BOSTON—Author and fine arts professor Judith Bookbinder was visually inspired by Shen Yun Performing Arts on Sunday, as she took in the Feb. 10 matinee at the Boston Opera House.
“The visual effects are wonderful,” she said. “The skill of the dancers is wonderful—they’re beautiful to watch, the costumes are beautiful and I love the visual effect of the figures that seem to come from the air and then materialize on stage.”
Ms. Bookbinder, who teaches a variety of courses on the art of 19th and 20th century America and Europe at Boston College, is also the author of two books and has curated several exhibitions at art galleries and museums.
She attended Shen Yun with veterinarian Elizabeth Essex, and said the experience was enchanted.
“I enjoyed lots of aspects of the presentation—the visual aspect and the quality of the dancing is very high,” she said.
The skill is amazing,” added Ms. Essex.
Ms. Bookbinder was impressed with the athleticism of classical Chinese dance, combined with its beauty and grace.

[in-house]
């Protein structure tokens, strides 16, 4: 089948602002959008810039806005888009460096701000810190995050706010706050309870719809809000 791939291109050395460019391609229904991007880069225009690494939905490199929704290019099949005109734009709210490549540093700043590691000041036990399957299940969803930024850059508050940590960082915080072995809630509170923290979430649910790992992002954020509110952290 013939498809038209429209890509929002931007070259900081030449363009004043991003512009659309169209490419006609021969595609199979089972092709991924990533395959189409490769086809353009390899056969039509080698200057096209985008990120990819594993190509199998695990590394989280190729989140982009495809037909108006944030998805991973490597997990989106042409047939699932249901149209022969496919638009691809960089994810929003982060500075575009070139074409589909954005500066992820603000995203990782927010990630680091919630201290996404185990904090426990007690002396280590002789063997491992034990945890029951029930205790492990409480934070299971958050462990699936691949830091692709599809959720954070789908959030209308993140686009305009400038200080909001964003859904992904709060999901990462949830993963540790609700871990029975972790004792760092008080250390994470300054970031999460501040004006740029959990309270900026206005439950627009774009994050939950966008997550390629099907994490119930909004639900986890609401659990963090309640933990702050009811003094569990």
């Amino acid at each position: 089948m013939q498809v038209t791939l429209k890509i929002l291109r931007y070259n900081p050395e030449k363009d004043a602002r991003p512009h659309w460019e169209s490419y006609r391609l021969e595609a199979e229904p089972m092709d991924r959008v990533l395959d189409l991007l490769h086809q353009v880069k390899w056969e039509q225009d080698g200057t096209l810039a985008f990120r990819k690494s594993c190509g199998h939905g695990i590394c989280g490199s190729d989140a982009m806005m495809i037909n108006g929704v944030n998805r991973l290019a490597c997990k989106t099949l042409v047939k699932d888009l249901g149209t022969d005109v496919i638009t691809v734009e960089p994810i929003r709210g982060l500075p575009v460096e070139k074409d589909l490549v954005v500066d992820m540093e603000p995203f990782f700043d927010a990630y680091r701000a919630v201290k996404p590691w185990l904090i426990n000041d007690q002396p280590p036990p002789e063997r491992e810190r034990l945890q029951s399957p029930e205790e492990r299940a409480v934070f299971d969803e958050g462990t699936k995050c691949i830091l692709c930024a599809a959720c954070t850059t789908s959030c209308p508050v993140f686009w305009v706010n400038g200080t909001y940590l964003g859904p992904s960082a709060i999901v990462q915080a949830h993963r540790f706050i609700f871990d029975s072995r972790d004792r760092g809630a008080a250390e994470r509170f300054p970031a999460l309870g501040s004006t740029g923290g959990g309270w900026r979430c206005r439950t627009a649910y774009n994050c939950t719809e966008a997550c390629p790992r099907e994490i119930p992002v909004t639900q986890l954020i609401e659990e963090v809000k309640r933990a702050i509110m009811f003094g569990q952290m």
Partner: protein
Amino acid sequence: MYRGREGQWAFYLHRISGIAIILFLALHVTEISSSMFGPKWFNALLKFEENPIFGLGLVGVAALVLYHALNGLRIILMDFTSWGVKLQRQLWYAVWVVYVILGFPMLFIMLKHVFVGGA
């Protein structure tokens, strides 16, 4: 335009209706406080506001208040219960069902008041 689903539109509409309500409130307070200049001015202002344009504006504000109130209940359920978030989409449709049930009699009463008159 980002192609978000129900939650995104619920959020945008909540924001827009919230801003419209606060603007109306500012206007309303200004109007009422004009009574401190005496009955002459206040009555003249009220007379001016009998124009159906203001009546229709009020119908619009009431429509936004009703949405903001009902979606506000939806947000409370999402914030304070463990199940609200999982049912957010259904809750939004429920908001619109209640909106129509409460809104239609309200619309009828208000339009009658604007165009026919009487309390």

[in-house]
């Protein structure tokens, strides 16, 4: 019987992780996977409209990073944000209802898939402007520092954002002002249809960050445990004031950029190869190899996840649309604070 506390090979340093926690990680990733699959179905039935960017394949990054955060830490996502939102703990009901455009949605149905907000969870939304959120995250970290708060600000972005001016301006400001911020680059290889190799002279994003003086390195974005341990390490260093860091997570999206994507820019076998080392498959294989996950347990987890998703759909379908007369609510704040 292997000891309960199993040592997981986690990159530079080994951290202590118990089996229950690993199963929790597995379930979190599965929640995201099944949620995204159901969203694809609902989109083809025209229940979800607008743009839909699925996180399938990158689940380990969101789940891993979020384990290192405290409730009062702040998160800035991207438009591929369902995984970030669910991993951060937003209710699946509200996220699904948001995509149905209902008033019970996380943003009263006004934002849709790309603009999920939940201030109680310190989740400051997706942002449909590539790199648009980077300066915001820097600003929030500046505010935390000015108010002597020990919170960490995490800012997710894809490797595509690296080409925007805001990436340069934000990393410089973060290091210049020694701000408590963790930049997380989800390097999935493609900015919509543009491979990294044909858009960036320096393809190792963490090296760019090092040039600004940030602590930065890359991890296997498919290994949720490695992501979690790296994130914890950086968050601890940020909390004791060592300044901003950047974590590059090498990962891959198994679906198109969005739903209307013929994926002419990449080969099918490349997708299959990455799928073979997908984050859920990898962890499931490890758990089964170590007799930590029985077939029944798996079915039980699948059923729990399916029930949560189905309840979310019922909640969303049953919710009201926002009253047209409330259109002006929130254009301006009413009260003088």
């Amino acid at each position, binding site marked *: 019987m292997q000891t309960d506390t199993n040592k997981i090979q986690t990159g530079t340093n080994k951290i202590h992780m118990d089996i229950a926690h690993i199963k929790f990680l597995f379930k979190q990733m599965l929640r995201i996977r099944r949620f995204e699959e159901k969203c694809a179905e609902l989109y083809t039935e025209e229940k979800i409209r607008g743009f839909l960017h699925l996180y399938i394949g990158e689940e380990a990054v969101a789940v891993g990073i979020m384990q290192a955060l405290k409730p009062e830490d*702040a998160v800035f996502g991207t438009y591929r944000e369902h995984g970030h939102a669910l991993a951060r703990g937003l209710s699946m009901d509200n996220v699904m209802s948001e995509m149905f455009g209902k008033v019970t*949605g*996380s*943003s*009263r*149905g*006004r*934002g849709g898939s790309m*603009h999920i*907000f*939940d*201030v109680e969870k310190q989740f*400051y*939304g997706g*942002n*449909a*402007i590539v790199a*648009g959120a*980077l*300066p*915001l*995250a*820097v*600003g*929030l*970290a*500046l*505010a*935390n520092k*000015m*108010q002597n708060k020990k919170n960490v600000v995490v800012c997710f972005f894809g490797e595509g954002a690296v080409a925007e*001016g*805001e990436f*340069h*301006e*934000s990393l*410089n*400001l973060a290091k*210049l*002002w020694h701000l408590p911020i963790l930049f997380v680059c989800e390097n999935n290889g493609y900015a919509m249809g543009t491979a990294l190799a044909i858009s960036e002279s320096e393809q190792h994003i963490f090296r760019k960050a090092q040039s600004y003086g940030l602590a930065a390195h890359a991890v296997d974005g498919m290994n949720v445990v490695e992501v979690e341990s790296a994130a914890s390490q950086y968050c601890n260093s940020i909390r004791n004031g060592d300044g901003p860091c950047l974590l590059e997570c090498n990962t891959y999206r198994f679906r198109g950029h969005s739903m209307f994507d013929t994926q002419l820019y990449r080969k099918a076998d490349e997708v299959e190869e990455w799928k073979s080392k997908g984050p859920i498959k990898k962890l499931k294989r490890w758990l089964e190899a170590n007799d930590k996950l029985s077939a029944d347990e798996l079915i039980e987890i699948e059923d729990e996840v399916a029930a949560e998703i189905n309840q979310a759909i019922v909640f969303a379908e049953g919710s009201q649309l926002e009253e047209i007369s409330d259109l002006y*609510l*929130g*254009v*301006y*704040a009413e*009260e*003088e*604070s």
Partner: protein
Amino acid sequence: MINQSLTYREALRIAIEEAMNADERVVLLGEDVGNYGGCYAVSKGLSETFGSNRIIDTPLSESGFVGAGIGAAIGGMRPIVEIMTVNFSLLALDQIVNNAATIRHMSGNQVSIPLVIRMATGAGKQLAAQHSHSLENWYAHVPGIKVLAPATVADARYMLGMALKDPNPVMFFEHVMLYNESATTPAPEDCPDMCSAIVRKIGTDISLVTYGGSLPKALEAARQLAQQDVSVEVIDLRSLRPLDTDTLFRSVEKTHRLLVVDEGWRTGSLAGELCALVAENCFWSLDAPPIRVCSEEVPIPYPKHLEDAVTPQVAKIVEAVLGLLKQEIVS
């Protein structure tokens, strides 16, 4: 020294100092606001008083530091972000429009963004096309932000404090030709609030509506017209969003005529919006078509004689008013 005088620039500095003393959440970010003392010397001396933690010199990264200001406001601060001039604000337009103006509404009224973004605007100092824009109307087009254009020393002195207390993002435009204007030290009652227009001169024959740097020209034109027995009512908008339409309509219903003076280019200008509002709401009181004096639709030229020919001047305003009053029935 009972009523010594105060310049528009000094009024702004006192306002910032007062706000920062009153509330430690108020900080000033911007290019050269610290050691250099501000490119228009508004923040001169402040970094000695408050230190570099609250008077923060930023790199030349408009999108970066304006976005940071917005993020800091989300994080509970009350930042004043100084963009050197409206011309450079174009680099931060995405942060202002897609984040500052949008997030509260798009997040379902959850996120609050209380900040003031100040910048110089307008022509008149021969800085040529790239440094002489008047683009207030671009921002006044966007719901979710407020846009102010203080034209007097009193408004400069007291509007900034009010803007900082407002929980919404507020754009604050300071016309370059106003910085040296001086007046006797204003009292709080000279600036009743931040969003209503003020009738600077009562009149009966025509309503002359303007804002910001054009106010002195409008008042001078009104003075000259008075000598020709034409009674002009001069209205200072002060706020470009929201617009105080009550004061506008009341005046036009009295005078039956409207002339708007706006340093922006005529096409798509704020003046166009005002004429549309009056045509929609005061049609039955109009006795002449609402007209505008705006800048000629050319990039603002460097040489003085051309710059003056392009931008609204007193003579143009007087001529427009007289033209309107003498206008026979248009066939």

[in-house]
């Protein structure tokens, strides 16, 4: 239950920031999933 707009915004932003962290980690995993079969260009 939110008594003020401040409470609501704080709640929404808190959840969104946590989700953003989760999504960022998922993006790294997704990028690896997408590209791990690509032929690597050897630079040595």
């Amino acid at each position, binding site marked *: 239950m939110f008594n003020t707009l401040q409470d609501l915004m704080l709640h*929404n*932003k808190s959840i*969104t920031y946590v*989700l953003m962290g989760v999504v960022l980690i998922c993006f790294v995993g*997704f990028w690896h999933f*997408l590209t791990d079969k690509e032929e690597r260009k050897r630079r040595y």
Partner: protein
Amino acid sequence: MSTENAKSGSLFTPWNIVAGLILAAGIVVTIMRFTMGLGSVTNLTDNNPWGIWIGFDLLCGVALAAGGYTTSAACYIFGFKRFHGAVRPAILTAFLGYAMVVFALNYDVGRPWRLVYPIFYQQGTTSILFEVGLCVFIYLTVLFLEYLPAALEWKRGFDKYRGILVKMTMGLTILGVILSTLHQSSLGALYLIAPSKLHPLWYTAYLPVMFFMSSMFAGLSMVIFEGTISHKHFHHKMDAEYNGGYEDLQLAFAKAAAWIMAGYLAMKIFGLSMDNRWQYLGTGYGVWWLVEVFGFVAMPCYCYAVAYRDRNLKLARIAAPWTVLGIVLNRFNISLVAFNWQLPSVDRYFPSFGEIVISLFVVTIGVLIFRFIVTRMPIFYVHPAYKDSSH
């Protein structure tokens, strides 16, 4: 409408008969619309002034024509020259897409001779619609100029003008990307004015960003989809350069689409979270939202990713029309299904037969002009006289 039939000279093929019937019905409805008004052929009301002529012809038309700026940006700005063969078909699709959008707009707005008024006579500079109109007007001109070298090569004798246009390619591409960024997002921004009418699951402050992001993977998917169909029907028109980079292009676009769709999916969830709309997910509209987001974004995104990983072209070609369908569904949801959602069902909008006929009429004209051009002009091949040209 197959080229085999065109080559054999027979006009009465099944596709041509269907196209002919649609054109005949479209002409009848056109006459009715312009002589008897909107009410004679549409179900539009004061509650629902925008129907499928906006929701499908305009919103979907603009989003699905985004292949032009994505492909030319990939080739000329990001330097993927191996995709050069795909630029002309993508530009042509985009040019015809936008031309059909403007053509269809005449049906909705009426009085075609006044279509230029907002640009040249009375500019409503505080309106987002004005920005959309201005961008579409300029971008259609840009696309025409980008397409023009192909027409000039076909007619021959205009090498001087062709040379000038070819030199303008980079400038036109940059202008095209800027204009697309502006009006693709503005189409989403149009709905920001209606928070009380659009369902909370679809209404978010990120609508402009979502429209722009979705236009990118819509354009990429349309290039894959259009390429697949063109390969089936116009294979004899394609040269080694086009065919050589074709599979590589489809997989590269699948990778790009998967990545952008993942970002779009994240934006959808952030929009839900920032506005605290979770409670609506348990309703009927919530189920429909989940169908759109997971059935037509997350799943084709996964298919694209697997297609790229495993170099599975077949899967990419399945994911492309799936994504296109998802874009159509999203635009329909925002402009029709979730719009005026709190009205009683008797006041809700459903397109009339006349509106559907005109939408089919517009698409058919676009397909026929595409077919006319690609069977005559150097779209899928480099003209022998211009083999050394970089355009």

“The skill of the dancers and their movements, their acrobatics and their grace is wonderful to watch,” she said. “It’s very appealing.”
New York-based Shen Yun is a world-renowned classical Chinese dance and music company. Formed in 2006 by overseas Chinese artists, the company aims to revive 5,000 years of traditional Chinese culture.
Along with classical Chinese and ethnic or folk dance, Shen Yun also features digitally animated backdrops, vocal soloists, and a philharmonic orchestra incorporating traditional Chinese instruments.
Ms. Essex said it was obvious the artists were passionate about preserving their culture.
“They certainly are involved in what they are performing,” she said, adding the performance taught the audience the “cultural inheritance” of the performers.
Reporting by Huiwen Ji and Justina Wheale.
New York-based Shen Yun Performing Arts has three touring companies that perform simultaneously around the world. For more information, visit ShenYunPerformingArts.org
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